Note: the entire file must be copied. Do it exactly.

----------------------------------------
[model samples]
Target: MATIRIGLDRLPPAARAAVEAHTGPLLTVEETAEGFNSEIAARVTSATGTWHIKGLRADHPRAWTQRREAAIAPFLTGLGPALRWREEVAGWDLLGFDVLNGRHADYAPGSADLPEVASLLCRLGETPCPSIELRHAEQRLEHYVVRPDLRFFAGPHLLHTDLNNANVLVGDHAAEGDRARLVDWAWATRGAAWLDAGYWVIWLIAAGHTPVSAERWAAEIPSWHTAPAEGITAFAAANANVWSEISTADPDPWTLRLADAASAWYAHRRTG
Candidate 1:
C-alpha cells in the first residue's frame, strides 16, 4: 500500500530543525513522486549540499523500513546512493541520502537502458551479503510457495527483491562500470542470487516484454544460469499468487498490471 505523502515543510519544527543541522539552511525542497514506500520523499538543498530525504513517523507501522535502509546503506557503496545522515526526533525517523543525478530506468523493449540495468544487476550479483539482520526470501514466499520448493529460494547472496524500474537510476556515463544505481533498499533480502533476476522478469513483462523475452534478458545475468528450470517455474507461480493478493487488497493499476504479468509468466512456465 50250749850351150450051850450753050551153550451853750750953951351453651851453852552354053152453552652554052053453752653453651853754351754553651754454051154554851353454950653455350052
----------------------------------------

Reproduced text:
[model samples]
Target: MATIRIGLDRLPPAARAAVEAHTGPLLTVEETAEGFNSEIAARVTSATGTWHIKGLRADHPRAWTQRREAAIAPFLTGLGPALRWREEVAGWDLLGFDVLNGRHADYAPGSADLPEVASLLCRLGETPCPSIELRHAEQRLEHYVVRPDLRFFAGPHLLHTDLNNANVLVGDHAAEGDRARLVDWAWATRGAAWLDAGYWVIWLIAAGHTPVSAERWAAEIPSWHTAPAEGITAFAAANANVWSEISTADPDPWTLRLADAASAWYAHRRTG
Candidate 1:
C-alpha cells in the first residue's frame, strides 16, 4: 500500500530543525513522486549540499523500513546512493541520502537502458551479503510457495527483491562500470542470487516484454544460469499468487498490471 505523502515543510519544527543541522539552511525542497514506500520523499538543498530525504513517523507501522535502509546503506557503496545522515526526533525517523543525478530506468523493449540495468544487476550479483539482520526470501514466499520448493529460494547472496524500474537510476556515463544505481533498499533480502533476476522478469513483462523475452534478458545475468528450470517455474507461480493478493487488497493499476504479468509468466512456465 50250749850351150450051850450753050551153550451853750750953951351453651851453852552354053152453552652554052053453752653453651853754351754553651754454051154554851353454950653455350052